BI relieves warden facility head, staff

The Bureau of Immigration (BI) has relieved the head and other personnel of its warden facility after six mobile phones were found on a Japanese detainee wanted in Japan, a bureau spokesperson said Friday.

INSPECTION. Bureau of Immigration Commissioner Norman Tansingco (center) leaves the detention facility where four Japanese nationals suspected of being involved in an alleged string of robberies in Japan are believed to be detained in Taguig City on February 3, 2023. AFP

BI spokesperson Dana Sandoval told radio dzBB that the responsibility for the breach lies with the head of the warden facility.

The Department of Justice on Tuesday said that six iPhones were taken from one of the four Japanese nationals that the Japanese government had requested to be deported.

Sandoval said Immigration Commissioner Norman Tansingco did not authorize the use of cell phones in the facility.

Sandoval said Tansingco was set to visit the facility Friday to inspect it for further improvements.

Meanwhile, Justice Secretary Jesus Crispin Remulla said the deportation of the four Japanese nationals may begin next week, following the dismissal of most of the cases filed against them in various Philippine courts.

Remulla made the statement after a Taguig court dismissed a “light threats” complaint filed against one of the Japanese nationals, Fujita Toshiya.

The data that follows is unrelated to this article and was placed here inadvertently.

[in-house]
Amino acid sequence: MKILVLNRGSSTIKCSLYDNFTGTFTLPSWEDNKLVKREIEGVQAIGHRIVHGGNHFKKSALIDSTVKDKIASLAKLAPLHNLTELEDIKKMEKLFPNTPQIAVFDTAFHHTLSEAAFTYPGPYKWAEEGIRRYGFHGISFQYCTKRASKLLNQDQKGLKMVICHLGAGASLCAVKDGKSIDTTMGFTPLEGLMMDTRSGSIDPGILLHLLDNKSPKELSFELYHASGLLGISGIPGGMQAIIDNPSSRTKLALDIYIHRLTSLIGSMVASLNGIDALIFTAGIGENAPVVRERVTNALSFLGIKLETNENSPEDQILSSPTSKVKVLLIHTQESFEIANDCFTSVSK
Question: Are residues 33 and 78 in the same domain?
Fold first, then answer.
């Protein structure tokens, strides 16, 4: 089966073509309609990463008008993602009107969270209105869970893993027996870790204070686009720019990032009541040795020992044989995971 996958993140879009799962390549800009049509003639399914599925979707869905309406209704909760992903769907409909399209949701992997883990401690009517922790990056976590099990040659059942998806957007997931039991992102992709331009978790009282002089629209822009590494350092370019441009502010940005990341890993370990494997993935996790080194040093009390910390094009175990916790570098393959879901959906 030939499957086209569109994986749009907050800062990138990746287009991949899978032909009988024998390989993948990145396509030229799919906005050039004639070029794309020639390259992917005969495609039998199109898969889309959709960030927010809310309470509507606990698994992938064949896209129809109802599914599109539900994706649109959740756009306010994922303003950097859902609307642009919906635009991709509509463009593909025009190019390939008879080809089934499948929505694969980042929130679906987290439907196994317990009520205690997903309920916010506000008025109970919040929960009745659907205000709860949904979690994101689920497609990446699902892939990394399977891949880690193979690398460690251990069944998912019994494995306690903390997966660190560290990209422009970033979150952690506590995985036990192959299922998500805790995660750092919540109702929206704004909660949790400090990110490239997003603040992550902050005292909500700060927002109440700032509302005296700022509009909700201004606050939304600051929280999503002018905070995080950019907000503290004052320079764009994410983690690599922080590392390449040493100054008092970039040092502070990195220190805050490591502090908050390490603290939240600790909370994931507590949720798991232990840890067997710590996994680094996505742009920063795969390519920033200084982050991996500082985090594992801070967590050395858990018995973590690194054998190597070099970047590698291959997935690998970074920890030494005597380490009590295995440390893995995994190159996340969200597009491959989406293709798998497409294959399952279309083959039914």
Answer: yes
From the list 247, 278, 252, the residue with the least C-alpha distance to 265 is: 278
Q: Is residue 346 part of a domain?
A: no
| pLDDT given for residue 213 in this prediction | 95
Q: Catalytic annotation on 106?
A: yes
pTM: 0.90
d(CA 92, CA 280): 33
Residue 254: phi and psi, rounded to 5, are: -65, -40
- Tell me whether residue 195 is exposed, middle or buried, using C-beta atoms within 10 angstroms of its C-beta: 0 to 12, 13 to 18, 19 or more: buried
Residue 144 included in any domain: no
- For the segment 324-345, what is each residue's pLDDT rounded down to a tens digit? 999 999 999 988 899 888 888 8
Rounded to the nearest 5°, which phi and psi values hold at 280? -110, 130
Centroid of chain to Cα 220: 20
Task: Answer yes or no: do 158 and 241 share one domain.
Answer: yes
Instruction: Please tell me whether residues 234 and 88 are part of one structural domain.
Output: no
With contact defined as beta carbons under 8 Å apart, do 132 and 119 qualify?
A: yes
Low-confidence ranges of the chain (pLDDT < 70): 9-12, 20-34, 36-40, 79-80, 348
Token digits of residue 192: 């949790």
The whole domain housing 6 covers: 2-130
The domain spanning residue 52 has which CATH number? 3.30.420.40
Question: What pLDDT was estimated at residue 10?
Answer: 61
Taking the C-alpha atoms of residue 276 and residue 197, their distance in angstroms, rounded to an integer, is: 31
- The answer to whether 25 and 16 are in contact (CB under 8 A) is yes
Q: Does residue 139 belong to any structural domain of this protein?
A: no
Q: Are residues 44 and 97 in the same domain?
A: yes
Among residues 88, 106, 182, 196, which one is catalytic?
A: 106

Remulla said that the four Japanese nationals, which include Yuki

“Luffy” Watanabe, the alleged leader of a Japan-based burglary gang that he reportedly managed from behind bars in the Philippines through cell phones, are facing 10 to 11 cases filed against them.

“I think we have already taken care of seven of them, seven cases. So,maybe three more cases to go. But at least, in the one week we’ve been doing it, we’ve been able to move forward with the process of deportation,” Remulla said.

“I don’t know if it’s Monday, or it’s Tuesday. But we will definitely start (deportations) next week. Whatever date it is, when we’re ready, when the tickets are there, when the escorts are there, then we start deporting, because they have to be escorted back to Japan,” he added.

Aside from the deportations, local officials are also formalizing the turnover of evidence to the Japanese government, including the cell phones confiscated, in accordance with the rules on transnational crimes agreed upon between countries.

The case of Toshiya was dismissed earlier Wednesday by Metropolitan Trial Court Branch 116.

Clerk of Court Merly Pagkalinawan said “the motion to withdraw (filed by prosecutors) stated the ground that there is a consistent absence on the part of the private complainant.”

“That is the reason why the motion is granted and it has the effect of dismissal of the case,” she added.

Pagkalinawan said the judge found no probable cause as there were no “overt acts” on the part of the accused.

The court official also said Toshiya and the complainant never appeared in court.

“None of the parties appeared, the complainant, the accused, even if there was counsel representing them, there were no appearances,” she said.

After they failed to appear for the second time, she said the courtissued a warrant of arrest that was later lifted when the case was dismissed.

The Japanese government has requested the deportation of Toshiya, Yuki Watanabe, Kiyoto Imamura, and Tomonobu Kojima. However, the DOJ said that they cannot deport individuals with pending cases.

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